Effects of Home Gluten Immunogenic Peptide Testing on Children With Celiac Disease

Study Purpose

This study aims to investigate how knowledge of gluten immunogenic peptide (GIP) levels in stool and urine affects subsequent adherence to a gluten-free diet. Half of the participants will receive results in real-time using a home device and the other half will store samples to be tested at the end of the 30 week study. Participants will also have a diet review with a dietitian at the beginning of the end of their study and be asked questions about their symptoms, gluten-free diet adherence and quality of life.

Recruitment Criteria

Accepts Healthy Volunteers

Healthy volunteers are participants who do not have a disease or condition, or related conditions or symptoms

Study Type

An interventional clinical study is where participants are assigned to receive one or more interventions (or no intervention) so that researchers can evaluate the effects of the interventions on biomedical or health-related outcomes.

An observational clinical study is where participants identified as belonging to study groups are assessed for biomedical or health outcomes.

Searching Both is inclusive of interventional and observational studies.

Eligible Ages 6 Years - 18 Years
Gender All
More Inclusion & Exclusion Criteria

Inclusion Criteria:

  • - Age 6 to 18 years at study entry.
  • - Diagnosis of celiac disease based upon either.
1. Biopsy criteria i) Marsh 3 lesion and/or villous height:crypt depth ratio (Vh:Cd) < 3 with intraepithelial lymphocytosis; and ii) Elevated serum tTG IgA and/or EMA antibodies. 2. Serologic/genetic (ESPGHAN 2012) criteria i) Symptoms compatible with celiac disease; ii) Serum tTG IgA > 10 x upper limit of normal for assay; iii) EMA titre elevated on a separate sample; and iv) HLADQ genotype compatible with celiac disease.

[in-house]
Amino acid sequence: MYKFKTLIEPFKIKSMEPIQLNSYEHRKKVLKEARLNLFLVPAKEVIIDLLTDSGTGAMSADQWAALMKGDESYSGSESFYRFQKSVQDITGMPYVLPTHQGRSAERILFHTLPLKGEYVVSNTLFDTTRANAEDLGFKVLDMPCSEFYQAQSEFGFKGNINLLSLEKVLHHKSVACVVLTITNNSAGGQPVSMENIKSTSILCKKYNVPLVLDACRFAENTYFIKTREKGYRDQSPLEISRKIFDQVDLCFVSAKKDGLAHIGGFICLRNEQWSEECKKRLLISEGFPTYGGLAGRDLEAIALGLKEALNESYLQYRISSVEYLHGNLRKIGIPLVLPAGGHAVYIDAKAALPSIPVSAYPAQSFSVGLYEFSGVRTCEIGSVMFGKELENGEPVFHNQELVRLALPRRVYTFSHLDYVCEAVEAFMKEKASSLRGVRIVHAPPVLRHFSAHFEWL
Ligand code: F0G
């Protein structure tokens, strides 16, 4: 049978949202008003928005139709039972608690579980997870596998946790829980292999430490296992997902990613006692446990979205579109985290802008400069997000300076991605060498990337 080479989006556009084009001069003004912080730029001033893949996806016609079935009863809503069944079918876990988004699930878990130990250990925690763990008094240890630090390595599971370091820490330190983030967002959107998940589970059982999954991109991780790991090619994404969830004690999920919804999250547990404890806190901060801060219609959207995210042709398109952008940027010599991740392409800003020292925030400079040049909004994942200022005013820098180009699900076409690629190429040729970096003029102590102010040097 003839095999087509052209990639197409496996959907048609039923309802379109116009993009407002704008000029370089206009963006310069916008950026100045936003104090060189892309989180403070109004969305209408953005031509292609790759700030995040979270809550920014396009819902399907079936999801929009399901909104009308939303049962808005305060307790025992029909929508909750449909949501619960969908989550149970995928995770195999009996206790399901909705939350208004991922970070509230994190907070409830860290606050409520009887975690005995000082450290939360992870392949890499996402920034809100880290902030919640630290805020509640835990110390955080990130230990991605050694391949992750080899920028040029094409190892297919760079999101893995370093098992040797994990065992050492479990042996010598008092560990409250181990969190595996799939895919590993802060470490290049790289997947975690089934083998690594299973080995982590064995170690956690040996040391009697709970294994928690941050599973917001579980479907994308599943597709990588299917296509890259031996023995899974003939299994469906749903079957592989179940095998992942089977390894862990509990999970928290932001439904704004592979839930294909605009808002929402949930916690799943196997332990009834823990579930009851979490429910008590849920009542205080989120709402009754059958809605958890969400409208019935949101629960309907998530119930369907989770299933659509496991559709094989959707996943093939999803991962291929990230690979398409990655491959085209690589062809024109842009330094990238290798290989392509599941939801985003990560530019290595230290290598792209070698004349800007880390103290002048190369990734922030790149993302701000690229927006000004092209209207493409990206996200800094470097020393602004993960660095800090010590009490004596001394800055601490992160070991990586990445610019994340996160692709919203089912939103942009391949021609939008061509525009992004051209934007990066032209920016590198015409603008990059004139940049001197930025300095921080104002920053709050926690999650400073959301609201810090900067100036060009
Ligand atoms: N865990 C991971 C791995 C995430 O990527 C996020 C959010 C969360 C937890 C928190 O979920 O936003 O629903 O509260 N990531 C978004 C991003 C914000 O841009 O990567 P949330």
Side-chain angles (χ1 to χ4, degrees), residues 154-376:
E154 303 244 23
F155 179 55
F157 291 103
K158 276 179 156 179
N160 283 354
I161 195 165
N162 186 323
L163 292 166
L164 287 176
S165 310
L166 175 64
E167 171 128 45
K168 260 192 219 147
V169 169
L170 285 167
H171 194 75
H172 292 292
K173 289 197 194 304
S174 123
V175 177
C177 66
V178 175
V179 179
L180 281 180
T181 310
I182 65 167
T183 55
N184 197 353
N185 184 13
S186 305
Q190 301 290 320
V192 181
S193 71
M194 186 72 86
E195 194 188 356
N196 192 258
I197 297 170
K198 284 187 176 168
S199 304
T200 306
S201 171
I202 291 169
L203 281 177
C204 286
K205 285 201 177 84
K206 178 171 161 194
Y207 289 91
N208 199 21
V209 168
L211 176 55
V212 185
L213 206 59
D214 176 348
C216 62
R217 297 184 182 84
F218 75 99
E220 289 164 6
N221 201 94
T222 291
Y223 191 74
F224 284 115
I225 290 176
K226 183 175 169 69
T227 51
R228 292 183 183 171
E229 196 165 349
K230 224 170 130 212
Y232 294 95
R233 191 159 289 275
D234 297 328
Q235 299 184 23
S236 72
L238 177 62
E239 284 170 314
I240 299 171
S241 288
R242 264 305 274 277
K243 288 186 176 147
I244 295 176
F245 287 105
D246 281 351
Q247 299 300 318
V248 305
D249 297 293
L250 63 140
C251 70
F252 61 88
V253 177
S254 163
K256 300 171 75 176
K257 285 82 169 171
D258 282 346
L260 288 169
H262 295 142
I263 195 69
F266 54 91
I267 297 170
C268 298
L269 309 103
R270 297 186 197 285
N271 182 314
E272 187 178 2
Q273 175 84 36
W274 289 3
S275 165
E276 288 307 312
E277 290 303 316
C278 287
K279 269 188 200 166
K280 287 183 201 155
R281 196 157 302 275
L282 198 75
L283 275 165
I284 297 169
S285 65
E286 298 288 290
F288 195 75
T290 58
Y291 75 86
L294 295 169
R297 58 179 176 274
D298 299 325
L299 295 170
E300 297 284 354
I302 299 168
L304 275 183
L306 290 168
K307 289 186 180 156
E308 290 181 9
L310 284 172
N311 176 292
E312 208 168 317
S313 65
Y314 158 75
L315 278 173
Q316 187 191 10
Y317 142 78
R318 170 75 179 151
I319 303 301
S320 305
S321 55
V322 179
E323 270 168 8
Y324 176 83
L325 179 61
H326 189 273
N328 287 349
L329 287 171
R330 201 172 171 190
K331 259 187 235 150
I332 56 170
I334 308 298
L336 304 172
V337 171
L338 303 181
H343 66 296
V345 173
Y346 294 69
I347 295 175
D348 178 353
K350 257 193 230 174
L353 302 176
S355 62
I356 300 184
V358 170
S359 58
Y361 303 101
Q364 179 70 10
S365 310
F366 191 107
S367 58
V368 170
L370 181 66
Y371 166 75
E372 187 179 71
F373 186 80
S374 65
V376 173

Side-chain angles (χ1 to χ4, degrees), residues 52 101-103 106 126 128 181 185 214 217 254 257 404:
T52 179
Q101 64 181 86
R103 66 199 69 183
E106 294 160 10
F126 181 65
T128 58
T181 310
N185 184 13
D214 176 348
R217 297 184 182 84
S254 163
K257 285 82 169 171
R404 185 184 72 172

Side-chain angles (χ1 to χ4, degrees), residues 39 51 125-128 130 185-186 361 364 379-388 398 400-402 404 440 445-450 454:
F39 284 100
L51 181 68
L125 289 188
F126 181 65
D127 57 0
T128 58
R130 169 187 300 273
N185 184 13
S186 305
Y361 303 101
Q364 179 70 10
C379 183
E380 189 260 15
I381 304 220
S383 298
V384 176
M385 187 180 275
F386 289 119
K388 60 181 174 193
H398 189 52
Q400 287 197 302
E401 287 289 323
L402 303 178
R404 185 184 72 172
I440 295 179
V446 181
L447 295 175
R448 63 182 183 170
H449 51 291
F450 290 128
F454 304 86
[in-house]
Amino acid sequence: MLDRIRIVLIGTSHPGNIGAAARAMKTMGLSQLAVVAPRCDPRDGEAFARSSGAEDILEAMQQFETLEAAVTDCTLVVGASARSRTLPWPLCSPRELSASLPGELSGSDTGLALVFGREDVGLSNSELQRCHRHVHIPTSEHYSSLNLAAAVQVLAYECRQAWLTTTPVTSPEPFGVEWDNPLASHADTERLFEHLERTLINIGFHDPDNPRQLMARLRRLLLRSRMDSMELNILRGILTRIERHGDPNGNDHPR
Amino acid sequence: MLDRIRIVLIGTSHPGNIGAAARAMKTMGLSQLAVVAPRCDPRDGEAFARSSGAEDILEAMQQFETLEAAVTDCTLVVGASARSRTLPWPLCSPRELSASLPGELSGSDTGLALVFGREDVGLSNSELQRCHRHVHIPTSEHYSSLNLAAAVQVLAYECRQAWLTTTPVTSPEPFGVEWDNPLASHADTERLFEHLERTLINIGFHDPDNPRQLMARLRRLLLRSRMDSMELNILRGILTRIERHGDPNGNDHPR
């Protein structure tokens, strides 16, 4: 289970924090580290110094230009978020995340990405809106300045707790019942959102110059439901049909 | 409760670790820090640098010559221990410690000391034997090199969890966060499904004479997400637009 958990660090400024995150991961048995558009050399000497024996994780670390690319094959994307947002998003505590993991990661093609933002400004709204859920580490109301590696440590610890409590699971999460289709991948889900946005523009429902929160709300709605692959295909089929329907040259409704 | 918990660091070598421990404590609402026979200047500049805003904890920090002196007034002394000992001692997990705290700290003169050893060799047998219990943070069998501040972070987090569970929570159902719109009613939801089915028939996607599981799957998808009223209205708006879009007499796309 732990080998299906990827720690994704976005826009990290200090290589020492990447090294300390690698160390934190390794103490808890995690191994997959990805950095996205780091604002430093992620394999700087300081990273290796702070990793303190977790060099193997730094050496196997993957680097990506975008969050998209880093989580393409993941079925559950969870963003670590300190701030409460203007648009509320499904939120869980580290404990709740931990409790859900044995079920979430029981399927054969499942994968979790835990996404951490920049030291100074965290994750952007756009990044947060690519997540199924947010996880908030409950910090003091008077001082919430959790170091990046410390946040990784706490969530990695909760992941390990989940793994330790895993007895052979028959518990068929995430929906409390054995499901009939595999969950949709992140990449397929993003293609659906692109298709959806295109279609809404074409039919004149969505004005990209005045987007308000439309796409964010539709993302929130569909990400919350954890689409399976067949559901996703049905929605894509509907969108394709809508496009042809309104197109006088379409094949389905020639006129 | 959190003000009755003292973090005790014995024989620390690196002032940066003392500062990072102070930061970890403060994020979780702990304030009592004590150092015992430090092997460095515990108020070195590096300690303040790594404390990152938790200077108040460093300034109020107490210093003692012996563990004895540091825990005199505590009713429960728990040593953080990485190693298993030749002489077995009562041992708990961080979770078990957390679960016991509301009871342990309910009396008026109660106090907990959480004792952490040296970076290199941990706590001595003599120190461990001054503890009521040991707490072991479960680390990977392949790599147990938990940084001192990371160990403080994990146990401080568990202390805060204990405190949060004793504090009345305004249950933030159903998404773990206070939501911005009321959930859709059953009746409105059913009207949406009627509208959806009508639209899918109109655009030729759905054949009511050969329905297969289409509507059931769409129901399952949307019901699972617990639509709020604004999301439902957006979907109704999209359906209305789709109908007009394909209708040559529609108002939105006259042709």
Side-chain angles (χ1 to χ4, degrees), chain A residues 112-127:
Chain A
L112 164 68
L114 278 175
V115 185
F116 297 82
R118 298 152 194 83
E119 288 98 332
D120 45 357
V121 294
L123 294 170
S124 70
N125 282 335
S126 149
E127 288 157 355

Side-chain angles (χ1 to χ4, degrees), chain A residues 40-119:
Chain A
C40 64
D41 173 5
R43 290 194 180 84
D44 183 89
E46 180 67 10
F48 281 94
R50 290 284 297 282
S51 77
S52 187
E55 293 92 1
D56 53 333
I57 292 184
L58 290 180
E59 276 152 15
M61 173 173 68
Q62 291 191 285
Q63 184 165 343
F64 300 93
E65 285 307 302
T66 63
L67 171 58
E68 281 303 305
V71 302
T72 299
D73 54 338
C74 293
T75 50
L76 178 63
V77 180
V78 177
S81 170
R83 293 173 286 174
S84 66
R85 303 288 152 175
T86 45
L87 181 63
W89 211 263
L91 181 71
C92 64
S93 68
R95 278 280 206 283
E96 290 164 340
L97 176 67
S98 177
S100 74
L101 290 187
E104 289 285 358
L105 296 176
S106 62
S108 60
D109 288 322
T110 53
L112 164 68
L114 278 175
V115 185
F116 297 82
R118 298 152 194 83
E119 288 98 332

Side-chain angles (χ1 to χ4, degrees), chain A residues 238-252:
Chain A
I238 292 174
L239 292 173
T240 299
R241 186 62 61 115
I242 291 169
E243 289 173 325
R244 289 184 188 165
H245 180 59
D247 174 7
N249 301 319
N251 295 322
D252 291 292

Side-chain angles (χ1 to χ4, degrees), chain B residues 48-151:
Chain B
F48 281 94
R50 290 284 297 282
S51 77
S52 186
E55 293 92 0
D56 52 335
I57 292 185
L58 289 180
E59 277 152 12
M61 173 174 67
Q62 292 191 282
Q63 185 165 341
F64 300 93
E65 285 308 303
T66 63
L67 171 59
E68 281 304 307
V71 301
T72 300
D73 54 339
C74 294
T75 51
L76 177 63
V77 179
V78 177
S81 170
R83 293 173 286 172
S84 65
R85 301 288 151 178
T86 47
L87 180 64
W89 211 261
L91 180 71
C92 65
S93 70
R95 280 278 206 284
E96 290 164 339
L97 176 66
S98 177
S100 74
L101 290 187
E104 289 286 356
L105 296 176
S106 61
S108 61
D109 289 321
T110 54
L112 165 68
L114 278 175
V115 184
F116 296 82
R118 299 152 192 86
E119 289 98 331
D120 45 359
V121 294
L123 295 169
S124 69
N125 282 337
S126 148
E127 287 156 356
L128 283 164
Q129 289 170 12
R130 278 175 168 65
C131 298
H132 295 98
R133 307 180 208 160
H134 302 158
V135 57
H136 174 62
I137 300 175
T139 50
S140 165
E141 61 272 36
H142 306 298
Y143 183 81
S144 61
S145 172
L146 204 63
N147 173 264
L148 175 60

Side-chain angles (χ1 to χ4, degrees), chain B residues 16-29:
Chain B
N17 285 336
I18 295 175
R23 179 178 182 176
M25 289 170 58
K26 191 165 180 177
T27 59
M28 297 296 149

• - Adherence to a gluten-restricted diet (self-reported) for 6 months or more.
  • - Attending a clinician assessment for celiac disease at Boston Children's Hospital.

Exclusion Criteria:

  • - Unable to provide urine and/or stool sample or attend study visits.
  • - English proficiency unsuitable for completion of surveys.
  • - Anuria or oliguria.
  • - Reliance upon commercial gluten-free formulas as primary source of nutrition.
- Comorbid condition that in the opinion of the investigator would interfere with the subject's participation in the study or would confound the results of the study

Trial Details

Trial ID:

This trial id was obtained from ClinicalTrials.gov, a service of the U.S. National Institutes of Health, providing information on publicly and privately supported clinical studies of human participants with locations in all 50 States and in 196 countries.


Phase 1: Studies that emphasize safety and how the drug is metabolized and excreted in humans.

Phase 2: Studies that gather preliminary data on effectiveness (whether the drug works in people who have a certain disease or condition) and additional safety data.

Phase 3: Studies that gather more information about safety and effectiveness by studying different populations and different dosages and by using the drug in combination with other drugs.

Phase 4: Studies occurring after FDA has approved a drug for marketing, efficacy, or optimal use.

Lead Sponsor

The sponsor is the organization or person who oversees the clinical study and is responsible for analyzing the study data.

Boston Children's Hospital
Principal Investigator

The person who is responsible for the scientific and technical direction of the entire clinical study.

Jocelyn A Silvester, MD PhD
Principal Investigator Affiliation Boston Children's Hospital, Beth Israel Deaconess Medical Center
Agency Class

Category of organization(s) involved as sponsor (and collaborator) supporting the trial.

Overall Status Recruiting
Countries United States

The disease, disorder, syndrome, illness, or injury that is being studied.